- 1 tablespoon baking powder
- 1 ½ teaspoons ground nutmeg
- ¾ teaspoon salt
- 3 tablespoons butter, melted
For the Gravlax:
- 1 salmon (about three to four pounds after cleaning and beheading), skin on
- 3 tablespoons kosher salt
- 2 tablespoons brown sugar
- 1 good-size bunch dill, roughly chopped, stems and all
- 2 tablespoons vodka
For the Crème Fraiche Mustard Sauce:
- ¼ cup mayonnaise
- 2 tablespoons Dijon mustard
- 2 tablespoons crème fraiche
- Juice from ½ of a juicy lemon
For the Spicy Blackberry Relish:
- Two baskets of fresh blackberries
- ¾ cup brown sugar
- 1 red onions, halved and sliced
- 1 tablespoon of ground
- 2 tablespoon Dijon mustard
- 1 cup apple cider wine vinegar
For the Garnish:
- Chive Oil
1. Make the Gravlax. Begin making the gravlax three days before service. Slice the salmon in half, lengthwise. Lay both halves, skin side down, on a plate. Sprinkle with the salt and sugar. Spread the dill over the salmon and splash with the vodka. Sandwich the fillets together, tail to tail, then wrap tightly in plastic wrap. Cover the sandwich with another plate and weigh it down with a can or two of tomatoes and refrigerate. Open the package every 12 to 24 hours and baste, inside and out, with the accumulated juices. On the second or third day, when the flesh has lost its translucence, slice thinly as you would smoked salmon — on the bias and without the skin.
2. Cook the Wild Rice. Bring the wild rice and water to a boil in a saucepan over high heat. Reduce heat to medium-low, cover, and simmer until the rice is tender but not mushy, 20 to 45 minutes depending on the variety of wild rice. Drain off any excess liquid, fluff the rice with a fork, and cook uncovered 5 minutes more.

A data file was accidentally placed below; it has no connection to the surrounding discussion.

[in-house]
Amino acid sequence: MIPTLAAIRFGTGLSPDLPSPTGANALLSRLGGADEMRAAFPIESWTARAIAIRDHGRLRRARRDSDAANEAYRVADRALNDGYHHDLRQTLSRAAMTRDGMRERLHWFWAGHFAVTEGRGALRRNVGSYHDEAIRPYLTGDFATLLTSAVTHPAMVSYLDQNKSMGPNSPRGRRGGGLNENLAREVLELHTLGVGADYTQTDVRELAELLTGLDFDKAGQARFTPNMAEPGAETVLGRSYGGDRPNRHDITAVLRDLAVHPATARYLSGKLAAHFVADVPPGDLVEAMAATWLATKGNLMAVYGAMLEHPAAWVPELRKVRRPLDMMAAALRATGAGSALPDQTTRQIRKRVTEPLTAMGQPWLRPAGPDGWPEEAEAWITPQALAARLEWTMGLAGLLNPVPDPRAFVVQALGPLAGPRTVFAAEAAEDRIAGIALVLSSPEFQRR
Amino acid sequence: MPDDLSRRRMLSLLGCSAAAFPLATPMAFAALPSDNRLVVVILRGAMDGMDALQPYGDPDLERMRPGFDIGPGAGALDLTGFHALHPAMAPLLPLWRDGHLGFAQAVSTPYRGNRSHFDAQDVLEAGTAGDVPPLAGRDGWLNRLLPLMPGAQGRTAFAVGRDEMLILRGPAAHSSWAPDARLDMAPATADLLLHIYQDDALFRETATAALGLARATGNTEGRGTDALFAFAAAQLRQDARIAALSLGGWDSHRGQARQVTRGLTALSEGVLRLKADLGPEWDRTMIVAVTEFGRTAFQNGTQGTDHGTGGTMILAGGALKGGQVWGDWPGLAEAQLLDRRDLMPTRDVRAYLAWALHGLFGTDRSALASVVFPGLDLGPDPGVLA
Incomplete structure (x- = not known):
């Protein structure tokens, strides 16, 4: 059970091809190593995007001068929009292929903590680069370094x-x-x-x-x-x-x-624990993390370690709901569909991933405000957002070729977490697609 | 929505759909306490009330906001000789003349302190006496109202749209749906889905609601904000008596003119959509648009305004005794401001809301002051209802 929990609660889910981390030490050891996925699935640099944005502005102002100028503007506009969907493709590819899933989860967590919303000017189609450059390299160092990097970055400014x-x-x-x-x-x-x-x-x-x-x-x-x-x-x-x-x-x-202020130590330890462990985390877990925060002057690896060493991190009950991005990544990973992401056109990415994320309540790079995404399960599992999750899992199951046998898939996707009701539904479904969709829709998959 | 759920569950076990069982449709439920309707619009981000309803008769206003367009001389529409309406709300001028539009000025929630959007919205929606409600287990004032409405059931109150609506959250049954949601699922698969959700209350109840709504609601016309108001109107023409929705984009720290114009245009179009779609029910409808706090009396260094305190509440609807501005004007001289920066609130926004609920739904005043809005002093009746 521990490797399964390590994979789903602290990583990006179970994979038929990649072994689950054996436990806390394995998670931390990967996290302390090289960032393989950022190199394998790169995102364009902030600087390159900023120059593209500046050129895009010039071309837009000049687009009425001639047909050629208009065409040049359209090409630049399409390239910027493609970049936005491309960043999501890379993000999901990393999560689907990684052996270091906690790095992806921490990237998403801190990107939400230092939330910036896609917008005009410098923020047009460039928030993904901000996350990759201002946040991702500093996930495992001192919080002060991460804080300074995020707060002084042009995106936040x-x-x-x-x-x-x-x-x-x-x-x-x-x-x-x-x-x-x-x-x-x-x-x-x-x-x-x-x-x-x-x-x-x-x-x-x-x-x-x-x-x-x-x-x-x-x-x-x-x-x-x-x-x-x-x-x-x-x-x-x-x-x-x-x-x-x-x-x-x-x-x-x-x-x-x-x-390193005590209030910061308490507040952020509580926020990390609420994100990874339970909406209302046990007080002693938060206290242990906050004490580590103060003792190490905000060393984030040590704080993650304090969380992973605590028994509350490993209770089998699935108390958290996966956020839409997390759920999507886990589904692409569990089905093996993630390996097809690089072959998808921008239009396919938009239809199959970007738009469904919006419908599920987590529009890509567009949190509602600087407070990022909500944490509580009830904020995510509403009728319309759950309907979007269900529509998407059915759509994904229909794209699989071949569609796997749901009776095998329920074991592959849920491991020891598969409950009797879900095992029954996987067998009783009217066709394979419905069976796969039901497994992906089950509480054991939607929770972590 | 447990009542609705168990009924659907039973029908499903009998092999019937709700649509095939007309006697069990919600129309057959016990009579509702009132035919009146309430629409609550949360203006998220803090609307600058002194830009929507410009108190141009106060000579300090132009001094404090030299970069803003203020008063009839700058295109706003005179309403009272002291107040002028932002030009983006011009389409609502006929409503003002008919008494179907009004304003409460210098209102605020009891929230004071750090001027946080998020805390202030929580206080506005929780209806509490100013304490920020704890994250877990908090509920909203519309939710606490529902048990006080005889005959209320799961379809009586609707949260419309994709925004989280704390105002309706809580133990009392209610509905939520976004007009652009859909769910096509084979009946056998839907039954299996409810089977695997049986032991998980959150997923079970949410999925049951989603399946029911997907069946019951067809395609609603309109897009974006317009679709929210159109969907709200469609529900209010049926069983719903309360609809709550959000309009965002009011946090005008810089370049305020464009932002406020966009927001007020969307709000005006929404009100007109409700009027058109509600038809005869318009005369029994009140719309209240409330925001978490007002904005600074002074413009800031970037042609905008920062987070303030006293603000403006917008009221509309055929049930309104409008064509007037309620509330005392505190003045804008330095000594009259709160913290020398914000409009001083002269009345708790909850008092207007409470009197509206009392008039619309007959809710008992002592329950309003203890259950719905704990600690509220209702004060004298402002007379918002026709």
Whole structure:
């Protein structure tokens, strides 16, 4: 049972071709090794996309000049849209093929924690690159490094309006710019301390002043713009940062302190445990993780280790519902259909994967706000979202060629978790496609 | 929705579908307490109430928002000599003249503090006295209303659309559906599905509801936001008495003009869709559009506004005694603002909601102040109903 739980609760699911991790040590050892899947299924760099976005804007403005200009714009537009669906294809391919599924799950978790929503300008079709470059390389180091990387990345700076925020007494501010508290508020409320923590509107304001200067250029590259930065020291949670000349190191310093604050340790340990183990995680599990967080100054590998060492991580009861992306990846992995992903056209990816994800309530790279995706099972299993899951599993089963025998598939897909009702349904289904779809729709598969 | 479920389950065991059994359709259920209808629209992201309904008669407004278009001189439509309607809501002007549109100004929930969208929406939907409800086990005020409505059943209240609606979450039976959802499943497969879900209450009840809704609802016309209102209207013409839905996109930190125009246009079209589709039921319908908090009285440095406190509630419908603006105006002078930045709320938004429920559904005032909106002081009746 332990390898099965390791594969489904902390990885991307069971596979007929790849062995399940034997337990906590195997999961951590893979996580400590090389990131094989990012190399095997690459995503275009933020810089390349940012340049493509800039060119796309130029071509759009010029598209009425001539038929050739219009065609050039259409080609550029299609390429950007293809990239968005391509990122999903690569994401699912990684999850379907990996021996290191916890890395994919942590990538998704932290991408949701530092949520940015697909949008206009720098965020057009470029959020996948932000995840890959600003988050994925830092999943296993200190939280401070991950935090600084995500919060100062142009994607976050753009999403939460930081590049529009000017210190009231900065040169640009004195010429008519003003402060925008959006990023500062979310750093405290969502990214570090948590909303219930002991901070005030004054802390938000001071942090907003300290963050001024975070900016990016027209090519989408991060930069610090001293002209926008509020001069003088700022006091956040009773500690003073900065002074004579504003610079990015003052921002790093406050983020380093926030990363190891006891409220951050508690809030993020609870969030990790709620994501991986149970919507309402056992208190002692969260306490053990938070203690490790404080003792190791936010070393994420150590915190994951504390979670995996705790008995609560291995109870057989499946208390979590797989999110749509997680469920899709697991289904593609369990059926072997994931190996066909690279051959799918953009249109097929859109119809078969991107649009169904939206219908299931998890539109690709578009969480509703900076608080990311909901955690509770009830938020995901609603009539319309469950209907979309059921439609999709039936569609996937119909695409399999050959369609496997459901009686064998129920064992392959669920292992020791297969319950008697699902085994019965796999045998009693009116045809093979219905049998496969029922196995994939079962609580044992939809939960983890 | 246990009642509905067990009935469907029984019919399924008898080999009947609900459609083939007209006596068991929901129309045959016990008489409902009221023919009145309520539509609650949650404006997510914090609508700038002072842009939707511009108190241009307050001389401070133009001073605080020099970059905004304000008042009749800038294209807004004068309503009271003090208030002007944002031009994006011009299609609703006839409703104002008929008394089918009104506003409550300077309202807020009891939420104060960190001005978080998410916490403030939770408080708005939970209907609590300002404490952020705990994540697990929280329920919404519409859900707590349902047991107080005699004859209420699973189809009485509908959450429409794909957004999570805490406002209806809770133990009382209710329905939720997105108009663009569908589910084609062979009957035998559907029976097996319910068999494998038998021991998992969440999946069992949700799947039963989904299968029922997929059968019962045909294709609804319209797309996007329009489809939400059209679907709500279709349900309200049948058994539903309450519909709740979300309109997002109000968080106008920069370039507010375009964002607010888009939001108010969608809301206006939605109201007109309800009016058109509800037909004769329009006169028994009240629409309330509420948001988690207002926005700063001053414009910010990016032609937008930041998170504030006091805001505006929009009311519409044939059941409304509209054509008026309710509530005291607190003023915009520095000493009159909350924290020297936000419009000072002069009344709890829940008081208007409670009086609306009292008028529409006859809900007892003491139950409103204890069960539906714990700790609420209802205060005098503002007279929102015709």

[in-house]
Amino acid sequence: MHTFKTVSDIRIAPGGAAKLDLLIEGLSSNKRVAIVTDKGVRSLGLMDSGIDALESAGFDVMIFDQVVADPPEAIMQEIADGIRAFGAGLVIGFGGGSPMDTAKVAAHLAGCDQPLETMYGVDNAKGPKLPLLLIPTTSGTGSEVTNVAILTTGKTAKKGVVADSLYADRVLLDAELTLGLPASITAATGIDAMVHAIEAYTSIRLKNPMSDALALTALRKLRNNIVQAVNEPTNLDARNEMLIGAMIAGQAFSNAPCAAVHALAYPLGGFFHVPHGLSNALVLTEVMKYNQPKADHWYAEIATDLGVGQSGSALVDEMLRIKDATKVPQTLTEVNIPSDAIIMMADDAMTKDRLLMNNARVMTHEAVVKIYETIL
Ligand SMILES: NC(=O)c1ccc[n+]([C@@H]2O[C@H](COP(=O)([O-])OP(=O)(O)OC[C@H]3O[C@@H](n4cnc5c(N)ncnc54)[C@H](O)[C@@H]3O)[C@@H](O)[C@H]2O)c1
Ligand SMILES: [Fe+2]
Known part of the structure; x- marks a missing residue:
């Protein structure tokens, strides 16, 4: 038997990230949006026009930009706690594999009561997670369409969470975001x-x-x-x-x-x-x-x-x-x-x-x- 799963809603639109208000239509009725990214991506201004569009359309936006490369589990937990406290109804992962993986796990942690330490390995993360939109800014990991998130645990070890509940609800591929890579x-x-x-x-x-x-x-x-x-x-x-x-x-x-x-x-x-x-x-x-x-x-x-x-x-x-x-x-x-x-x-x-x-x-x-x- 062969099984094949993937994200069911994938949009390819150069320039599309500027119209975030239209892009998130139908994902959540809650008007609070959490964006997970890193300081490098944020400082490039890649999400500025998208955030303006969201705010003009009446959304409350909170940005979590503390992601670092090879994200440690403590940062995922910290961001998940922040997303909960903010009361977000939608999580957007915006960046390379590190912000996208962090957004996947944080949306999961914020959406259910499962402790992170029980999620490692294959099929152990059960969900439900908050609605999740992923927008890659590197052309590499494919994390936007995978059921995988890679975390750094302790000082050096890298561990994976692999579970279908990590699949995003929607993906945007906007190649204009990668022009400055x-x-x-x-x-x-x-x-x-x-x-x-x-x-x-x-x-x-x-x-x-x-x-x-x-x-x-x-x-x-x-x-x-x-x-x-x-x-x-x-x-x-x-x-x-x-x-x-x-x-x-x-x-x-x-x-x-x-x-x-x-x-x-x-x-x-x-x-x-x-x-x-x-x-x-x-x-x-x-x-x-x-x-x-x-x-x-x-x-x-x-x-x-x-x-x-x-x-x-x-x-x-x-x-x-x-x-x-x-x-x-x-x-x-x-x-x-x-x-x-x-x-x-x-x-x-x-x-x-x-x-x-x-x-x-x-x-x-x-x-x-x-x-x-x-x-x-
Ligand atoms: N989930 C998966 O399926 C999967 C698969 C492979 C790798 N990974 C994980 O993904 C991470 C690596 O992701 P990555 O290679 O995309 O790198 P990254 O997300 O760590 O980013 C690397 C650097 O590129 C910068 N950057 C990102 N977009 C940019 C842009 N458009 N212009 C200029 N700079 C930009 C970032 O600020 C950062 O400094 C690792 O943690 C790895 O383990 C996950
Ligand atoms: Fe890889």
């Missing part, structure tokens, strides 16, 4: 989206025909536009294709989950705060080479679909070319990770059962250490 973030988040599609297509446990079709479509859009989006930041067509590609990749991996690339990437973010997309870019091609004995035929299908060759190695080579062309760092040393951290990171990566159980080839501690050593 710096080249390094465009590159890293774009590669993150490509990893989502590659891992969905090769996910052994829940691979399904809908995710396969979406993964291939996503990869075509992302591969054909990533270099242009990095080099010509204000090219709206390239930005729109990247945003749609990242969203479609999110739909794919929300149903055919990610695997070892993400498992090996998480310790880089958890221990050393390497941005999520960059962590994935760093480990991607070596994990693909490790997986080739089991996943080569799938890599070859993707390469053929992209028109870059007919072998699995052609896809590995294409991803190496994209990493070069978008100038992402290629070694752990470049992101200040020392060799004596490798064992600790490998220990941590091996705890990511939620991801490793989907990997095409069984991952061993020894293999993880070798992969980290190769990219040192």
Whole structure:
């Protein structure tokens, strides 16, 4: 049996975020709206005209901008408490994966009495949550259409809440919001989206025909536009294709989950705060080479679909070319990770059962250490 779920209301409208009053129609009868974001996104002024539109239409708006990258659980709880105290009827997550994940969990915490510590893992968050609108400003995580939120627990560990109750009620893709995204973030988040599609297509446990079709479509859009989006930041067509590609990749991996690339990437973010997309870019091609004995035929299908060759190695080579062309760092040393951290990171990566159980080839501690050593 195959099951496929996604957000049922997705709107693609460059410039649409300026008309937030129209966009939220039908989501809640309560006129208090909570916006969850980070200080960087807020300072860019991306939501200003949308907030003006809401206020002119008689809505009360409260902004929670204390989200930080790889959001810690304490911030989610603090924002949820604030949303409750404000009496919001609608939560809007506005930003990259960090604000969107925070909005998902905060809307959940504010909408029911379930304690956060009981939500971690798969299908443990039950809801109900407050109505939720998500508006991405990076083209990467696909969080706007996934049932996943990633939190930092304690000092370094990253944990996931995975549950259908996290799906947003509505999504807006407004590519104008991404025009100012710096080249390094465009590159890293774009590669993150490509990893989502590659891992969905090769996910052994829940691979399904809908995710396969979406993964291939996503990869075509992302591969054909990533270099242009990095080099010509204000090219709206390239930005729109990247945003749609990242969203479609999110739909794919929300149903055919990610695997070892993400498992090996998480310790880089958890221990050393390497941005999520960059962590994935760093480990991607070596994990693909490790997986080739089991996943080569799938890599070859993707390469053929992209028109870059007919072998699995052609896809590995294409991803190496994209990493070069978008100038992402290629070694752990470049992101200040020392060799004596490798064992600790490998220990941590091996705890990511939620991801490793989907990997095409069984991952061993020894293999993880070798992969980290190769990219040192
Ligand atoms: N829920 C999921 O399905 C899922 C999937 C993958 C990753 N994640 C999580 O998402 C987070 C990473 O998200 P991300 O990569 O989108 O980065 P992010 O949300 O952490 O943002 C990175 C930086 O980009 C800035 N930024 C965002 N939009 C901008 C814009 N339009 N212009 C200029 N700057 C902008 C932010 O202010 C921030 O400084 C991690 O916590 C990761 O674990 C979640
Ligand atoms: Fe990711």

3. Prepare the Wild Rice Pancake Batter. Whisk eggs, buttermilk, and vanilla in a large bowl. Combine flour, sugar, baking powder, nutmeg, and salt in a separate large bowl. Slowly add the dry ingredients to the egg mixture, beating well to make a smooth batter. Stir in butter and cooked wild rice.
4. Make the Spicy Blackberry Relish. Combine all the ingredients, except the vinegar, in a large saucepan. Stir mixture over medium heat until the blackberries burst. Season with salt and pepper, to taste. Add the vinegar and allow the mixture to simmer uncovered for 10 minutes over medium heat.
5. Make the Crème Fraiche Mustard Sauce. Combine all of the Crème Fraiche Mustard Sauce ingredients in a food processor and blend thoroughly.
6. Cook the Wild Rice Pancakes. Heat a lightly oiled skillet over medium-high heat. For each pancake, pour 1/4 cup batter on griddle and cook until browned, about 1 ½ minutes. Flip and cook until browned on the other side, about 1 minute. Continue with remaining batter.
7. Plate the Dish. Place a Wild Rice Pancake on each plate. Top each pancake with several slices of gravlax, themselves topped with a teaspoon of the spicy blackberry relish. Spoon some of the blackberry relish liquid between the pancake and the rim. Garnish with chive oil and a bit of the dill from the gravlax.